One such challenge came about in September 2012, when Cernan was asked to give the eulogy at Washington’s National Cathedral at the memorial service of his good friend Neil Armstrong. “I had to talk about Neil Armstrong in less than three minutes, how about a challenge?”

Landing on aircraft carriers and flying to the Moon are undoubtedly pressure-filled situations, but this was a different kind of pressure. “I’m in a cathedral, on a big pulpit like the Pope looking at all those people, and knew the world was listening.” He admits that he went through a dozen drafts in a week before settling on a final eulogy.

The emotional few minutes that Cernan spoke were a fitting tribute to Armstrong, and also highlighted Cernan’s incredible way with words. Armstrong’s first words when stepping onto the Moon are indelibly engrained in the history books, but Cernan’s last words were equally as impressive. “As we leave the Moon at Taurus-Littrow, we leave as we came, and, God willing, as we shall return, with peace and hope for all mankind. Godspeed the crew of Apollo 17.”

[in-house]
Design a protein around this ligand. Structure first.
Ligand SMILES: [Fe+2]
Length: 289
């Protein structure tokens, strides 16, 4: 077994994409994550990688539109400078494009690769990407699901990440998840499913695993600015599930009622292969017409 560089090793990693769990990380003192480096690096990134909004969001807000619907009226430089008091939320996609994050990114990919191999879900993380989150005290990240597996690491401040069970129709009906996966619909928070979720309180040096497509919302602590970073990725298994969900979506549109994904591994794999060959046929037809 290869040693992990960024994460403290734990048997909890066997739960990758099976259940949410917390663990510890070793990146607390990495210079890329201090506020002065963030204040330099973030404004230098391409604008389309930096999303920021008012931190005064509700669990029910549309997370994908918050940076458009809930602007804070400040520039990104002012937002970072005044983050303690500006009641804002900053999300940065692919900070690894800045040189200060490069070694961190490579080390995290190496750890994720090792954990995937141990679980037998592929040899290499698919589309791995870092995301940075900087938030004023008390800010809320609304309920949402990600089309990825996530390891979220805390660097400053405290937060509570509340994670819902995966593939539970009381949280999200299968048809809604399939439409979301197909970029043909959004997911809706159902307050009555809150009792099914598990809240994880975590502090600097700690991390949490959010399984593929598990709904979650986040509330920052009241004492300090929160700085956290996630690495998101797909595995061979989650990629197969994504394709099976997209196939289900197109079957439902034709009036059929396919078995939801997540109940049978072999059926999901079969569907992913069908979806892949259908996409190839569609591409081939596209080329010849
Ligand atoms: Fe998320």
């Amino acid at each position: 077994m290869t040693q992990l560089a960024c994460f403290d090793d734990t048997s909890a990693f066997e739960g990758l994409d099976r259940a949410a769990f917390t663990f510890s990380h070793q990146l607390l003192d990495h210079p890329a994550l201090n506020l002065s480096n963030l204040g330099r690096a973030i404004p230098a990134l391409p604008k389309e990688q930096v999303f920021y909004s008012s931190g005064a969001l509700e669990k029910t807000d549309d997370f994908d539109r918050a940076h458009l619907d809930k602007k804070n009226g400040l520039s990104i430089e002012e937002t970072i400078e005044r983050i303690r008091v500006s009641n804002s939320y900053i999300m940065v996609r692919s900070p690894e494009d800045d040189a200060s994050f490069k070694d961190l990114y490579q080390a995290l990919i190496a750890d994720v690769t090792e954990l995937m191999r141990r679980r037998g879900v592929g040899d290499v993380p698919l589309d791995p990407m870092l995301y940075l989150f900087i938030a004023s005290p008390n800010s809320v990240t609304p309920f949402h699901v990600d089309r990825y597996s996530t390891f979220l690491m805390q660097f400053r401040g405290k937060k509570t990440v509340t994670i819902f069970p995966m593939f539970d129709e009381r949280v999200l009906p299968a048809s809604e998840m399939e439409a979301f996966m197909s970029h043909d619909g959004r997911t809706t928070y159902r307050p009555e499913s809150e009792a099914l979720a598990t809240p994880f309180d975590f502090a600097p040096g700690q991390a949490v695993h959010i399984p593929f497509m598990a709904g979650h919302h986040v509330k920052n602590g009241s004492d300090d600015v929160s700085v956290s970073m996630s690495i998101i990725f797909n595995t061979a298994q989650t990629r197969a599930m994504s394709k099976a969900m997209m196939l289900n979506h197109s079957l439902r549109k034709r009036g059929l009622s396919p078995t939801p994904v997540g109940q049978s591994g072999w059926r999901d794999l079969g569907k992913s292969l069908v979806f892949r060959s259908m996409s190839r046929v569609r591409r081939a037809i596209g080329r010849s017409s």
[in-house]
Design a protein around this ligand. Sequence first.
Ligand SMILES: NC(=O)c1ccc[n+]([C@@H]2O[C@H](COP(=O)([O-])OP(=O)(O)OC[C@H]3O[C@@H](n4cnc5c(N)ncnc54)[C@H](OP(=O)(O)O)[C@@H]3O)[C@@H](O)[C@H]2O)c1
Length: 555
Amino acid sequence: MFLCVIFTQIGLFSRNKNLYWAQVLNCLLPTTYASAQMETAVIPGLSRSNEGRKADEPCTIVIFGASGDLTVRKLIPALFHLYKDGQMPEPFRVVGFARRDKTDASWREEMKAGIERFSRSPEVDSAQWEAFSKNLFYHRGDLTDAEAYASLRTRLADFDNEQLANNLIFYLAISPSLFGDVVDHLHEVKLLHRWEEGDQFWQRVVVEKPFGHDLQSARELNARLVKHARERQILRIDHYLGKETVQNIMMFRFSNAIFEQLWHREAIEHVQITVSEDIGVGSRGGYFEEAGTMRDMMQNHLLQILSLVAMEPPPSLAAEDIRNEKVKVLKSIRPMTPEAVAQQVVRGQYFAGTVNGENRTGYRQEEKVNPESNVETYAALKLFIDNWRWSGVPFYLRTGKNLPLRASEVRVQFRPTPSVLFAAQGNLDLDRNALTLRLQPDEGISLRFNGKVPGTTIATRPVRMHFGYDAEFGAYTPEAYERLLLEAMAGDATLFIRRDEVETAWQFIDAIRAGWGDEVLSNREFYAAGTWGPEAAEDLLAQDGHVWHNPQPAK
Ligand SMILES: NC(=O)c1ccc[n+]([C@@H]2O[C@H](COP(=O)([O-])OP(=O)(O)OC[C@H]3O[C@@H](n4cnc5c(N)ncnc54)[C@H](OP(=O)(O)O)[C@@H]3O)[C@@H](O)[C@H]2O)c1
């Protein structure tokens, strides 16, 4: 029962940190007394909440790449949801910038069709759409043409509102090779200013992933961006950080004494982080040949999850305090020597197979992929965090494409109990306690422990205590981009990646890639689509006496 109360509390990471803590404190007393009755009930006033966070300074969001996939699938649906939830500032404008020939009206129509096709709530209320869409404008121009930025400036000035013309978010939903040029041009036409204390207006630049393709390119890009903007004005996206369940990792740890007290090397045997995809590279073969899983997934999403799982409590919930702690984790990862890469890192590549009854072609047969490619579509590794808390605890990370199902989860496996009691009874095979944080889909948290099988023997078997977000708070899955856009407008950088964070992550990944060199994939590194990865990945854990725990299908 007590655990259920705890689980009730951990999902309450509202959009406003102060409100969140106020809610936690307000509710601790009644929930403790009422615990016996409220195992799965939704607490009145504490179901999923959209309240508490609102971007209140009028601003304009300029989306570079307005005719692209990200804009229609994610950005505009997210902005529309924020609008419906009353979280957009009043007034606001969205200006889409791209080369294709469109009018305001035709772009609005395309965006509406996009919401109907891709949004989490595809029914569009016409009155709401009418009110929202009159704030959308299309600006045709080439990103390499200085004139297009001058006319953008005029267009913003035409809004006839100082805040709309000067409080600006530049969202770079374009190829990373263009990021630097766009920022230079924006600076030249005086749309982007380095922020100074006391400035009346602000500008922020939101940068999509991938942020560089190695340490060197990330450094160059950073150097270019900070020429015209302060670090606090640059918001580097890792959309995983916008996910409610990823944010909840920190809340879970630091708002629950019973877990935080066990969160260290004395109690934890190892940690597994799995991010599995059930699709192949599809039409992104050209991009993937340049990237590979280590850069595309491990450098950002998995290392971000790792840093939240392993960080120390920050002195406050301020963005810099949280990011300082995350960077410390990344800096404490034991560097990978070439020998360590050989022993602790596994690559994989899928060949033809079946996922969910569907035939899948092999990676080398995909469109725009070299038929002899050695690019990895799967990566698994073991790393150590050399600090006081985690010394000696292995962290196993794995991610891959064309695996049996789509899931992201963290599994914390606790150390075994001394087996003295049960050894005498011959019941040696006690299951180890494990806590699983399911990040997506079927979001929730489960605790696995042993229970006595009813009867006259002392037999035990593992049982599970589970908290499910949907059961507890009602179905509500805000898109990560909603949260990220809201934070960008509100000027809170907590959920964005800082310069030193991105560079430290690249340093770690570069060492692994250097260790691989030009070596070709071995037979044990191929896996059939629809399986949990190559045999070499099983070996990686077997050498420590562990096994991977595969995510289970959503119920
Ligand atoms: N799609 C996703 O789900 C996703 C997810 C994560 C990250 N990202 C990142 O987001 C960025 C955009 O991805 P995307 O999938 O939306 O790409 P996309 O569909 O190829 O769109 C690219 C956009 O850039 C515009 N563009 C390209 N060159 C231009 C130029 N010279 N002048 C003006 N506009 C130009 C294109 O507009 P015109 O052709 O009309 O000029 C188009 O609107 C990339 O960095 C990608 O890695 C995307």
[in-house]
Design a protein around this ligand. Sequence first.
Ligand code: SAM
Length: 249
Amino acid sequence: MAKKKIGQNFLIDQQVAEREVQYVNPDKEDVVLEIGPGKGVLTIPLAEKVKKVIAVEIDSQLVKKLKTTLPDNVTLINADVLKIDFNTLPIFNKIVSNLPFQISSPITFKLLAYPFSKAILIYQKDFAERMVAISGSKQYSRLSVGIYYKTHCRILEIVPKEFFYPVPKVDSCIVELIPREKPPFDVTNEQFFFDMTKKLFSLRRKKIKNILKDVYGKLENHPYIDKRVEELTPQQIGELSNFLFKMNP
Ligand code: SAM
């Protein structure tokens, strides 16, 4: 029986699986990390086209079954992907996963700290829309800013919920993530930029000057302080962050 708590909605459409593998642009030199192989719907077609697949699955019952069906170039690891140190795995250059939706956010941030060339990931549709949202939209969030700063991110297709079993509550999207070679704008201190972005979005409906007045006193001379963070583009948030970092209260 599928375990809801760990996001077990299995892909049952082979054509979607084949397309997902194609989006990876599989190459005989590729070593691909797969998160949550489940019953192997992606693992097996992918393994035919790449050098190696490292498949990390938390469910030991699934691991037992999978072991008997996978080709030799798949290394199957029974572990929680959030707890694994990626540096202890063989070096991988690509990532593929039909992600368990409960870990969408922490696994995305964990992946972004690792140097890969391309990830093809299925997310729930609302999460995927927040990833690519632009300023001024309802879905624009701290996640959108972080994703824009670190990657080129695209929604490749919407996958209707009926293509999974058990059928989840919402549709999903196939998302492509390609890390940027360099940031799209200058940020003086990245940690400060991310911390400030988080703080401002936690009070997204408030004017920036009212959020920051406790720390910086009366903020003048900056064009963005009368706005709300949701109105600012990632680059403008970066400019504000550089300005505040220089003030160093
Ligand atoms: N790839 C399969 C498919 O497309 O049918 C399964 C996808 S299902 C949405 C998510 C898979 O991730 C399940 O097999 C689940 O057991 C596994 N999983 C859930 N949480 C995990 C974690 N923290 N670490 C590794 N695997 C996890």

When asked to draw upon any personal regrets from his own mission, he says that one thing in particular stands out. “That I didn’t have a camera in my hand to take the picture of the last footprint of Apollo, and take the picture of my daughter’s initials that I left there.”

With no atmosphere on the Moon, those footprints and initials will be there until someone someday goes back to the landing sites. That day, unfortunately, looks to be in the distant future, and Cernan makes his feelings on the current administration well known, “The current administration has destroyed the space program, 100% and then some.”

Looking ahead to the future of manned space travel, one can only hope that the next lunar or even first martian explorers are able to describe the events as articulately as Cernan. His philosophical side comes out when he describes the moment after landing. “As the dust cleared we were looking out the windows, seeing what has never been seen with human eyes before.”

Approaching his eighties, Captain Cernan’s exploration days are behind him. Cernan is now an old man, but he still possesses that twinkle in his eye that symbolizes a life well-lived, so far.

The above interview with Captain Eugene Cernan (Gemini 9A, Apollo 10, Apollo 17) was exclusively conducted during the ‘Autographica’ event at the Hilton Metropole Hotel in Birmingham, UK on Sunday September 22nd, 2013.